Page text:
This article describes a system to facilitate dynamic en route formation of truck platoons with the goal of reducing fuel consumption. Safe truck platooning is a maturing technology which leverages modern sensor, control, and communication technology to automatically regulate the inter-vehicle distances. Truck platooning has been shown to reduce fuel consumption through slipstreaming by up to ten percent under realistic highway conditions. In order to further benefit from this technology, a platoon coordinator is proposed, which interfaces with fleet management systems and suggests how platoons can be formed in a fuel-efficient manner over a large region. The coordinator frequently updates the plans to react to newly available information. This way, it requires a minimum of information about the logistic operations. We discuss the system architecture in detail and introduce important underlying methodological foundations. Plans are derived in computationally tractable stages optimizing fuel savings from platooning. The effectiveness of this approach is verified in a simulation study. It shows that the coordinated platooning system can improve over spontaneously occurring platooning even under the presence of disturbances. A real demonstrator has also been developed. We present data from an experiment in which three vehicles were coordinated to form a platoon on public highways under normal traffic conditions. It demonstrates the feasibility of coordinated en route platoon formation with current communication and on-board technology. Simulations and experiments support that the proposed system is technically feasible and a potential solution to the problem of using truck platooning in an operational context.

Accounting for Reliability in Unacknowledged Time-Constrained WSNs

Wireless sensor networks (WSNs) typically consist of nodes that collect and transmit data periodically. In this context, we are concerned with unacknowledged communication, i.e., where data packets are not confirmed upon successful reception. This allows reducing traffic on the communication channel --- neither acknowledgments nor retransmissions are sent --- and results in less overhead and less energy consumption, which are meaningful goals in the era of Internet of Things (IoT). On the other hand, packets can be lost and, hence, we do not know how long it takes to convey data from one node to another, which hinders any form of real-time operation and/or quality of service. To overcome this problem, we propose a medium access control (MAC) protocol, which consists in transmitting each packet at a random instant, but within a specified time interval from the last transmission. In contrast to existing approaches from the literature, the proposed MAC can be configured to meet reliability requirements --- given by the probability that at least one data packet reaches its destination within a specified deadline --- in the absence of acknowledgments. We illustrate this and other benefits of the proposed approach based on an detailed OMNeT++ simulation.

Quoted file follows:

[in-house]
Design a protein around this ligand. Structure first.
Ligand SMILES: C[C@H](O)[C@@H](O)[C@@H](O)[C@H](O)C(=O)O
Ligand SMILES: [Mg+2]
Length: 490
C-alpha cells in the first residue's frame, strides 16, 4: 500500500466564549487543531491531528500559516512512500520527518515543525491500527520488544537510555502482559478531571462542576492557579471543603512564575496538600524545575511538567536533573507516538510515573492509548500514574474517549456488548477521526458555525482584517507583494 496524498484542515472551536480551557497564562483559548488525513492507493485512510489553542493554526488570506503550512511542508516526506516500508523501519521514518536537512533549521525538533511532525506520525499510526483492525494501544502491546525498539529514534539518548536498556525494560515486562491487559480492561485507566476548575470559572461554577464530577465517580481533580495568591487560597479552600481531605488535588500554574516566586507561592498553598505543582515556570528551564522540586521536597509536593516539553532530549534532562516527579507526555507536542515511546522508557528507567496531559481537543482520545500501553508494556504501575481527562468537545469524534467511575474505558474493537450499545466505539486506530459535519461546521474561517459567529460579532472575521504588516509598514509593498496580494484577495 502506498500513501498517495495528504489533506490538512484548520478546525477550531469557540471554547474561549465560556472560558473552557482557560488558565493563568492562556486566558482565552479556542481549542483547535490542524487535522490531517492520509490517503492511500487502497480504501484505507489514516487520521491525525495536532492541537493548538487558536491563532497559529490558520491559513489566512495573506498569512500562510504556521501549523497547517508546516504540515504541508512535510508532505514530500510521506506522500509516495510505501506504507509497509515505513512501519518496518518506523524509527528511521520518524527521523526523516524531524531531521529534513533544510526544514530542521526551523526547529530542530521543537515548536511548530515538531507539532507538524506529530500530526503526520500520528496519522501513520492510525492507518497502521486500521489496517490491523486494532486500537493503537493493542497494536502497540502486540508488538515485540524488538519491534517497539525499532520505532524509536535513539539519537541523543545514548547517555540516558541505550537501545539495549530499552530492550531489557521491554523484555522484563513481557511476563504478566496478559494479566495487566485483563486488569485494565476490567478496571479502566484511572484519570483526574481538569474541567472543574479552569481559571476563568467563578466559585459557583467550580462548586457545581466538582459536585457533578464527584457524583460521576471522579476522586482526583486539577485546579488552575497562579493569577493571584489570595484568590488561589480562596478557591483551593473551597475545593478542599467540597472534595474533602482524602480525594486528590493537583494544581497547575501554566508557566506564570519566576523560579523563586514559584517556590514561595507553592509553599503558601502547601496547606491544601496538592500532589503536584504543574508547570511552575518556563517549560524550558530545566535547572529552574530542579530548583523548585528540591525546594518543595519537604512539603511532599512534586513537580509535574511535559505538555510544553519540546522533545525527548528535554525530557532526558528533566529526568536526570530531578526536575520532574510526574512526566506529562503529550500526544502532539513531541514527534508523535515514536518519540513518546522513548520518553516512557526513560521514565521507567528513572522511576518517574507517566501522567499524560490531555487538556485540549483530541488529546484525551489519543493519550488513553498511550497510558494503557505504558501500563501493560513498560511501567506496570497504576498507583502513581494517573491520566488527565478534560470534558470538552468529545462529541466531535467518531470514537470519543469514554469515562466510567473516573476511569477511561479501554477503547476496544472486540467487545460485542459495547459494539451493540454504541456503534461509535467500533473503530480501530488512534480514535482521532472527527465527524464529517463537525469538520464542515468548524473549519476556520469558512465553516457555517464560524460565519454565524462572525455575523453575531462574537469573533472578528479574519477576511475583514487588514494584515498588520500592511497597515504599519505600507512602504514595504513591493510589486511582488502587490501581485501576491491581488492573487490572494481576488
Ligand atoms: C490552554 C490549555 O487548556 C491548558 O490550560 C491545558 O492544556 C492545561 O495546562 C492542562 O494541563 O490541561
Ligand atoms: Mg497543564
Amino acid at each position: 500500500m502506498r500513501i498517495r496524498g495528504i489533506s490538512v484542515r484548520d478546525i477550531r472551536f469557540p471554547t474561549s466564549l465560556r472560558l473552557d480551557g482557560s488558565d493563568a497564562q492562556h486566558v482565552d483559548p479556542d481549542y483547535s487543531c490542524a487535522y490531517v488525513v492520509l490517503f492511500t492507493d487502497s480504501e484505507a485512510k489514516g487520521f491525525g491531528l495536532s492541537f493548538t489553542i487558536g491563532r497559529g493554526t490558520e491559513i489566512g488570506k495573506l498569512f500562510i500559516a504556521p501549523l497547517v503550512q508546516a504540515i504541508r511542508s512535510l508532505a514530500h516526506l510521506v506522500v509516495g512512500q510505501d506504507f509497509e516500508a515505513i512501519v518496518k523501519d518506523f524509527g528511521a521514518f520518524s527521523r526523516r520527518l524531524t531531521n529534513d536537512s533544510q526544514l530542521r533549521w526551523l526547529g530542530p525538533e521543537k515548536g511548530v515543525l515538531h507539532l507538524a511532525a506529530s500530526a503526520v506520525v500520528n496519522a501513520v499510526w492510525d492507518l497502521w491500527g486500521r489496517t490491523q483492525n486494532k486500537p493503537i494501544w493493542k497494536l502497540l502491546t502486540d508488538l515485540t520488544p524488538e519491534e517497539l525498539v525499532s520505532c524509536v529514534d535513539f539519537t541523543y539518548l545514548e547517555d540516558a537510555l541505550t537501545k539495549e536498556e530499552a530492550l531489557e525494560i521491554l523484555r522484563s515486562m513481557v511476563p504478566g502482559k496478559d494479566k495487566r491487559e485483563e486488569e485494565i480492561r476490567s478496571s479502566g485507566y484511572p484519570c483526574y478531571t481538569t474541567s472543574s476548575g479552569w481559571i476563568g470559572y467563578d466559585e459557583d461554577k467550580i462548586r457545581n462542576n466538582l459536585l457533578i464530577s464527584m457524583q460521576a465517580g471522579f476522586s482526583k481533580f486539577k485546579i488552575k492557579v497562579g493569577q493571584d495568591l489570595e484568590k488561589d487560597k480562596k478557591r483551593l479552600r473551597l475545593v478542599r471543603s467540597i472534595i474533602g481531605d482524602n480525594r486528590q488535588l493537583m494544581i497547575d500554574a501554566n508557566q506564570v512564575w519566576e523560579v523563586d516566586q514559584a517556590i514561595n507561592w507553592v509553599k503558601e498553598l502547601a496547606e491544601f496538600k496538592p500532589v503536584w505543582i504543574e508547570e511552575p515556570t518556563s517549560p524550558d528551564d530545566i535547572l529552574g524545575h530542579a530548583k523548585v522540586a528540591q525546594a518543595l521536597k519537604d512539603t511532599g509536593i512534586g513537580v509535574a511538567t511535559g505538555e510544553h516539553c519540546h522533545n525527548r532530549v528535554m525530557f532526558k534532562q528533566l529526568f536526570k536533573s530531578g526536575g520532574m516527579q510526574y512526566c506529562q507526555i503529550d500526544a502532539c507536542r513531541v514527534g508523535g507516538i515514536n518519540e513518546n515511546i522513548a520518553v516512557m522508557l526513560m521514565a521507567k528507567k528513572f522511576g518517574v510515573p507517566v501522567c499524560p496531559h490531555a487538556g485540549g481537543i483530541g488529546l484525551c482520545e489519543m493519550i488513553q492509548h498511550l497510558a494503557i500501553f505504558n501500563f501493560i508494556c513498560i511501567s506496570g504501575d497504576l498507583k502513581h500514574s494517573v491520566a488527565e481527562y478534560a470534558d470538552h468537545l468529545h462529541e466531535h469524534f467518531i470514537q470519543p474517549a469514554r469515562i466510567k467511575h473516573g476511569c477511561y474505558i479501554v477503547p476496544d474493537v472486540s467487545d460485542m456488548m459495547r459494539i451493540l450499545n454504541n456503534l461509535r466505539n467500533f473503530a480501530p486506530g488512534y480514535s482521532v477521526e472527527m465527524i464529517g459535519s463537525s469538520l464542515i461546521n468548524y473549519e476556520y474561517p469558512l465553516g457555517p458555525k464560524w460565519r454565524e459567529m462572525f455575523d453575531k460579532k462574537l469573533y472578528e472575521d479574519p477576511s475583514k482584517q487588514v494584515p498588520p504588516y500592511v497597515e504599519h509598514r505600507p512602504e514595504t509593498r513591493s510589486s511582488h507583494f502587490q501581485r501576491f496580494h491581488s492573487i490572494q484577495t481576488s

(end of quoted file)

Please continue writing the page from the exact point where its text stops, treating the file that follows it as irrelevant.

Looking Under the Hood of Z-Wave: Volatile Memory Introspection for the ZW0301 Transceiver

Z-Wave is a proprietary Internet of Things substrate providing distributed home and office automation services. The proprietary nature of Z-Wave devices make it difficult to determine the security aptitude of these devices. While there are a variety of open source tools for analyzing Z-Wave frames, inspecting non-volatile memory, and disassembling firmware, there are no dynamic analysis tools allowing one to inspect the internal state of a Z-Wave transceiver while it is running. In this work, a memory introspection capability is developed for the ZW0301, a Z-Wave transceiver device component found on many Z-Wave devices. The firmware image of a Z-Wave door lock is modified to include the memory introspection capability, allowing both volatile and non-volatile memory of the transceiver module to be remotely extracted over the Z-Wave communication protocol. The memory introspection capability is applied to several reverse engineering activities requiring access to volatile memory. The stack memory is analyzed to determine the sequence of function calls leading up to the introspection code. The buffers used for holding incoming and outgoing Z-Wave communication frames are identified. By combining memory introspection with static analysis, several algorithms used by the Z-Wave security layer are revealed and validated. The memory locations of several encryption keys are also located in memory.